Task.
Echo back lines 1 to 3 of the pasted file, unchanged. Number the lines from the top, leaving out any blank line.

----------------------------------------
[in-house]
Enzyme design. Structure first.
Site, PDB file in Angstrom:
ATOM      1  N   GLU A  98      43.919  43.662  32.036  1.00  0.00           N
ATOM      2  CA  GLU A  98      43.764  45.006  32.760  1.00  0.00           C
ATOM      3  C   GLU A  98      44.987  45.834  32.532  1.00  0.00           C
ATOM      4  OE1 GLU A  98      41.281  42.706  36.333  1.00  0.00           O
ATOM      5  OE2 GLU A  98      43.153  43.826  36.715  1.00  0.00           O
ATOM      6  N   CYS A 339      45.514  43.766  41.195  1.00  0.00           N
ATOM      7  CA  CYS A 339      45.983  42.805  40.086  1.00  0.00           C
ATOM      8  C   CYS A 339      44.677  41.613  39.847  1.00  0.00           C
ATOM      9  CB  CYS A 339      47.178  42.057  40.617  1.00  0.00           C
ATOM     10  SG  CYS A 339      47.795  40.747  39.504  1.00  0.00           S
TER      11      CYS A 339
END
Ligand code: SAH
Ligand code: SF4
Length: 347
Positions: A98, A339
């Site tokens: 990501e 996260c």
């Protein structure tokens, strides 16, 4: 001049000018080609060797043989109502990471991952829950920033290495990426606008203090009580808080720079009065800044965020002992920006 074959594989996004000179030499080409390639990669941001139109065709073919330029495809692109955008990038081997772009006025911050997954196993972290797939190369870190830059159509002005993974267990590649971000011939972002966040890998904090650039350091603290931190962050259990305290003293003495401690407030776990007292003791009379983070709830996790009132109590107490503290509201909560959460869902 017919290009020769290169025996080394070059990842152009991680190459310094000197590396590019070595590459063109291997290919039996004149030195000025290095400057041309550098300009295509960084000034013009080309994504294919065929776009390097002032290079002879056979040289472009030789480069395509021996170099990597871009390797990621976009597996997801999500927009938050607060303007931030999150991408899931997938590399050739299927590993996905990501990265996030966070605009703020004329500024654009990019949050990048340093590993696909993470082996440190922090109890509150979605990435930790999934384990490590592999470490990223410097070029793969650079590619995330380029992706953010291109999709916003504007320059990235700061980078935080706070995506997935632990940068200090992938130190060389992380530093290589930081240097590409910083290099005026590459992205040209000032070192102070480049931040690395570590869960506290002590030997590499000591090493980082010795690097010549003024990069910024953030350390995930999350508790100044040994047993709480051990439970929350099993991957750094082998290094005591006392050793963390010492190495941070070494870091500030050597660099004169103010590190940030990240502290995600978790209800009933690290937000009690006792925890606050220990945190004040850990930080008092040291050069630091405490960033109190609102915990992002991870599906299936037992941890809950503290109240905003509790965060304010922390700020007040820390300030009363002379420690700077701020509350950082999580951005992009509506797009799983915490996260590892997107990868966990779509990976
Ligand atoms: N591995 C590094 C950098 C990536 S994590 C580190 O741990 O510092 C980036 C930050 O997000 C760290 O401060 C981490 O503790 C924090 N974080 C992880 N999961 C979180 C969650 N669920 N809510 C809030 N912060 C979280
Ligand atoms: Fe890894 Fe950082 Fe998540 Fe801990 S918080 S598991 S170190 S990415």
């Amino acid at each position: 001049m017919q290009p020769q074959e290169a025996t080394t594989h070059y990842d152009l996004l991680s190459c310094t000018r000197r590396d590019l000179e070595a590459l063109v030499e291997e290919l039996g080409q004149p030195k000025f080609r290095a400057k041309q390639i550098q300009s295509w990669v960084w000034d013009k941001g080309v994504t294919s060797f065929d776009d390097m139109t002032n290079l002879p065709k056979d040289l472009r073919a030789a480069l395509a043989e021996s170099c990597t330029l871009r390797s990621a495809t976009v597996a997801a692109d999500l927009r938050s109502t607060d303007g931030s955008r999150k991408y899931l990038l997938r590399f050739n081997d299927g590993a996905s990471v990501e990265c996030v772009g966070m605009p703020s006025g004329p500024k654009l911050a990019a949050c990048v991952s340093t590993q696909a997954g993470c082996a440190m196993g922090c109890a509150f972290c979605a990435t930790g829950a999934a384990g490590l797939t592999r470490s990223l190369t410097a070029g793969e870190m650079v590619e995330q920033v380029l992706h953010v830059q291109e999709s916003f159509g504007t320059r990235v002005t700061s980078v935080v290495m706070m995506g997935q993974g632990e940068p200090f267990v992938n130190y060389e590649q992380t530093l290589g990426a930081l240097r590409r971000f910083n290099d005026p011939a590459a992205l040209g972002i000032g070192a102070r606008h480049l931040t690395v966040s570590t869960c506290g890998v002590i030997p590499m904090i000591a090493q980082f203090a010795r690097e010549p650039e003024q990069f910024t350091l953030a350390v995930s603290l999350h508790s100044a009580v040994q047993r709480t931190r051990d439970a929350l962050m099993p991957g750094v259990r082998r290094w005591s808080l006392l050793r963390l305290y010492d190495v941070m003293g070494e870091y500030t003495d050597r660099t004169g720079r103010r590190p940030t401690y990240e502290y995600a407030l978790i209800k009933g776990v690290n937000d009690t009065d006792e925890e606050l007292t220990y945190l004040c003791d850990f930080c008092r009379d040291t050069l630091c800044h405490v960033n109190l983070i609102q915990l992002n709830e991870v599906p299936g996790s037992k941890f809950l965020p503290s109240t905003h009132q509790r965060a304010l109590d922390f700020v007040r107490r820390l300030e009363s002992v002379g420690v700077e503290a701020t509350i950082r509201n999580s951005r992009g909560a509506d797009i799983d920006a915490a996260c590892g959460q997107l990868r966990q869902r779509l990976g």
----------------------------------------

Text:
[in-house]
Enzyme design. Structure first.
Site, PDB file in Angstrom: